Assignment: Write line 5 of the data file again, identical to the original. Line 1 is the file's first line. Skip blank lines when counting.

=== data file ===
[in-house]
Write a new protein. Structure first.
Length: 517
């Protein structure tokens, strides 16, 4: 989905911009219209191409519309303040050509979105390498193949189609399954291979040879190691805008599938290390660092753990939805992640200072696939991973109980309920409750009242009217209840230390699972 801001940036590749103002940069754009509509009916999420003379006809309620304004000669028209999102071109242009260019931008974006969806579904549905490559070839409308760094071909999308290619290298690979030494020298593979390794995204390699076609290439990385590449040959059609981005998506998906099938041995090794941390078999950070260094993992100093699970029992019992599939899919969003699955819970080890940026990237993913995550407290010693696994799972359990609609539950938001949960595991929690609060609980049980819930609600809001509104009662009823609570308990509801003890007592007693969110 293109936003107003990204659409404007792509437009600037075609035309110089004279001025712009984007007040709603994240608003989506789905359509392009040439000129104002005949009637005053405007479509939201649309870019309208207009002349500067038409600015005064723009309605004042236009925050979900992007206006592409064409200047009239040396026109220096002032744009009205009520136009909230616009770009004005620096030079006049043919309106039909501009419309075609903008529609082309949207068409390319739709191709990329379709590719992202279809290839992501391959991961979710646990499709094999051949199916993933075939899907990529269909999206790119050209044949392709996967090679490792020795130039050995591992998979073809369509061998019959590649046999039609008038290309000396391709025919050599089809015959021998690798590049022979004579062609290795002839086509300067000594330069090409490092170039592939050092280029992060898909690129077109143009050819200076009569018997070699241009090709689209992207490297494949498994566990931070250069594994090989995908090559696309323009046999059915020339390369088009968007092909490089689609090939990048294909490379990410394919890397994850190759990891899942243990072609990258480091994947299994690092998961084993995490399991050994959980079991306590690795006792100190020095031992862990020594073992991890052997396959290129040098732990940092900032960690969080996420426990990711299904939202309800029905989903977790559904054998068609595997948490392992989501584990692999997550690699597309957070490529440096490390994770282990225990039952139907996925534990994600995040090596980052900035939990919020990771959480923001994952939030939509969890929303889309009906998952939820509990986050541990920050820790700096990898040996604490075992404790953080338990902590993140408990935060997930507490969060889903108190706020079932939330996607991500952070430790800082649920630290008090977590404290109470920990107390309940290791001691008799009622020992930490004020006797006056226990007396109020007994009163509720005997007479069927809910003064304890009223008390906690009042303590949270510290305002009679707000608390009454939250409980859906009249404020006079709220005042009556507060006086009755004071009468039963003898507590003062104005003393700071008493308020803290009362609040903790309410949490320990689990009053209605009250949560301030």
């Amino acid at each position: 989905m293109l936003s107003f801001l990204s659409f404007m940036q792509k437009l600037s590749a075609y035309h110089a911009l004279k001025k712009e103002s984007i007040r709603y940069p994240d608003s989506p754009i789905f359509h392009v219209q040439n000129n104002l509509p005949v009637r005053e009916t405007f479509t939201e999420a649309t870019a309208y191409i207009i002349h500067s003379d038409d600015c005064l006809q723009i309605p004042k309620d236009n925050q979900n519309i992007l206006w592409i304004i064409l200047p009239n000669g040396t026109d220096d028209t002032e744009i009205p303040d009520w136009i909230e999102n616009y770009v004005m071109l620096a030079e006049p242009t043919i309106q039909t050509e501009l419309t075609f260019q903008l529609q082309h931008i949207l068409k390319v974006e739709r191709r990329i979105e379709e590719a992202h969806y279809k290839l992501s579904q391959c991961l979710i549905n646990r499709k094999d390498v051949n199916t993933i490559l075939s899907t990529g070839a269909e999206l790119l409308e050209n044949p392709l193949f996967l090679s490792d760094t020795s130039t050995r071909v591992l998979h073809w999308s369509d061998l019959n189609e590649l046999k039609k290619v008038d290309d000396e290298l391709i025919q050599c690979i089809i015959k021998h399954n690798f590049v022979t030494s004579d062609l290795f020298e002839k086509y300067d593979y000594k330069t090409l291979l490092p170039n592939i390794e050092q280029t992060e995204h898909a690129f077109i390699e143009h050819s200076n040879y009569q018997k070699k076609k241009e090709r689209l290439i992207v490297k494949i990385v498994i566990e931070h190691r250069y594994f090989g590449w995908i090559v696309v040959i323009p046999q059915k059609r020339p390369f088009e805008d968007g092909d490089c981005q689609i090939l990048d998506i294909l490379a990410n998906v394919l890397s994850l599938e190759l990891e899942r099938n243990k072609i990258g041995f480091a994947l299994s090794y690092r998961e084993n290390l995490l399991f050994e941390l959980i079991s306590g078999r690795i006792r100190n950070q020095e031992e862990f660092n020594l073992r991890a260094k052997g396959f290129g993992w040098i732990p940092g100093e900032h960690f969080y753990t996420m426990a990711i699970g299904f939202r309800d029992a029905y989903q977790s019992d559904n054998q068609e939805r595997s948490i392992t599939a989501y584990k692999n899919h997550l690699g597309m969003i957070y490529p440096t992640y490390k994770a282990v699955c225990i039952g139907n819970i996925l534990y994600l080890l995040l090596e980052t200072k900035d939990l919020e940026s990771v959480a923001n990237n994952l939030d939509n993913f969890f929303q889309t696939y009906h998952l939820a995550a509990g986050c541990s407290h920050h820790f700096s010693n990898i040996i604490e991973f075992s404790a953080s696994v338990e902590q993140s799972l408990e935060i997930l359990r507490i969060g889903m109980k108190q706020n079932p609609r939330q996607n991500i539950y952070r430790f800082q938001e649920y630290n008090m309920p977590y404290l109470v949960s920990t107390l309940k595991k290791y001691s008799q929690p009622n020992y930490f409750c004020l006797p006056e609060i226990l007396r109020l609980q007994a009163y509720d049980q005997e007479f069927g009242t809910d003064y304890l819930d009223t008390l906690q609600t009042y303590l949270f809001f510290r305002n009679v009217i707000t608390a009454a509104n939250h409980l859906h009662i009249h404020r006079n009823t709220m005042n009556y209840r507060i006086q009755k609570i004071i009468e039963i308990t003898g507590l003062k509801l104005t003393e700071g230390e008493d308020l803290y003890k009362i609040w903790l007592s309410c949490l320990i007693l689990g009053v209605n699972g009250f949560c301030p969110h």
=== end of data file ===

């Amino acid at each position: 989905m293109l936003s107003f801001l990204s659409f404007m940036q792509k437009l600037s590749a075609y035309h110089a911009l004279k001025k712009e103002s984007i007040r709603y940069p994240d608003s989506p754009i789905f359509h392009v219209q040439n000129n104002l509509p005949v009637r005053e009916t405007f479509t939201e999420a649309t870019a309208y191409i207009i002349h500067s003379d038409d600015c005064l006809q723009i309605p004042k309620d236009n925050q979900n519309i992007l206006w592409i304004i064409l200047p009239n000669g040396t026109d220096d028209t002032e744009i009205p303040d009520w136009i909230e999102n616009y770009v004005m071109l620096a030079e006049p242009t043919i309106q039909t050509e501009l419309t075609f260019q903008l529609q082309h931008i949207l068409k390319v974006e739709r191709r990329i979105e379709e590719a992202h969806y279809k290839l992501s579904q391959c991961l979710i549905n646990r499709k094999d390498v051949n199916t993933i490559l075939s899907t990529g070839a269909e999206l790119l409308e050209n044949p392709l193949f996967l090679s490792d760094t020795s130039t050995r071909v591992l998979h073809w999308s369509d061998l019959n189609e590649l046999k039609k290619v008038d290309d000396e290298l391709i025919q050599c690979i089809i015959k021998h399954n690798f590049v022979t030494s004579d062609l290795f020298e002839k086509y300067d593979y000594k330069t090409l291979l490092p170039n592939i390794e050092q280029t992060e995204h898909a690129f077109i390699e143009h050819s200076n040879y009569q018997k070699k076609k241009e090709r689209l290439i992207v490297k494949i990385v498994i566990e931070h190691r250069y594994f090989g590449w995908i090559v696309v040959i323009p046999q059915k059609r020339p390369f088009e805008d968007g092909d490089c981005q689609i090939l990048d998506i294909l490379a990410n998906v394919l890397s994850l599938e190759l990891e899942r099938n243990k072609i990258g041995f480091a994947l299994s090794y690092r998961e084993n290390l995490l399991f050994e941390l959980i079991s306590g078999r690795i006792r100190n950070q020095e031992e862990f660092n020594l073992r991890a260094k052997g396959f290129g993992w040098i732990p940092g100093e900032h960690f969080y753990t996420m426990a990711i699970g299904f939202r309800d029992a029905y989903q977790s019992d559904n054998q068609e939805r595997s948490i392992t599939a989501y584990k692999n899919h997550l690699g597309m969003i957070y490529p440096t992640y490390k994770a282990v699955c225990i039952g139907n819970i996925l534990y994600l080890l995040l090596e980052t200072k900035d939990l919020e940026s990771v959480a923001n990237n994952l939030d939509n993913f969890f929303q889309t696939y009906h998952l939820a995550a509990g986050c541990s407290h920050h820790f700096s010693n990898i040996i604490e991973f075992s404790a953080s696994v338990e902590q993140s799972l408990e935060i997930l359990r507490i969060g889903m109980k108190q706020n079932p609609r939330q996607n991500i539950y952070r430790f800082q938001e649920y630290n008090m309920p977590y404290l109470v949960s920990t107390l309940k595991k290791y001691s008799q929690p009622n020992y930490f409750c004020l006797p006056e609060i226990l007396r109020l609980q007994a009163y509720d049980q005997e007479f069927g009242t809910d003064y304890l819930d009223t008390l906690q609600t009042y303590l949270f809001f510290r305002n009679v009217i707000t608390a009454a509104n939250h409980l859906h009662i009249h404020r006079n009823t709220m005042n009556y209840r507060i006086q009755k609570i004071i009468e039963i308990t003898g507590l003062k509801l104005t003393e700071g230390e008493d308020l803290y003890k009362i609040w903790l007592s309410c949490l320990i007693l689990g009053v209605n699972g009250f949560c301030p969110h």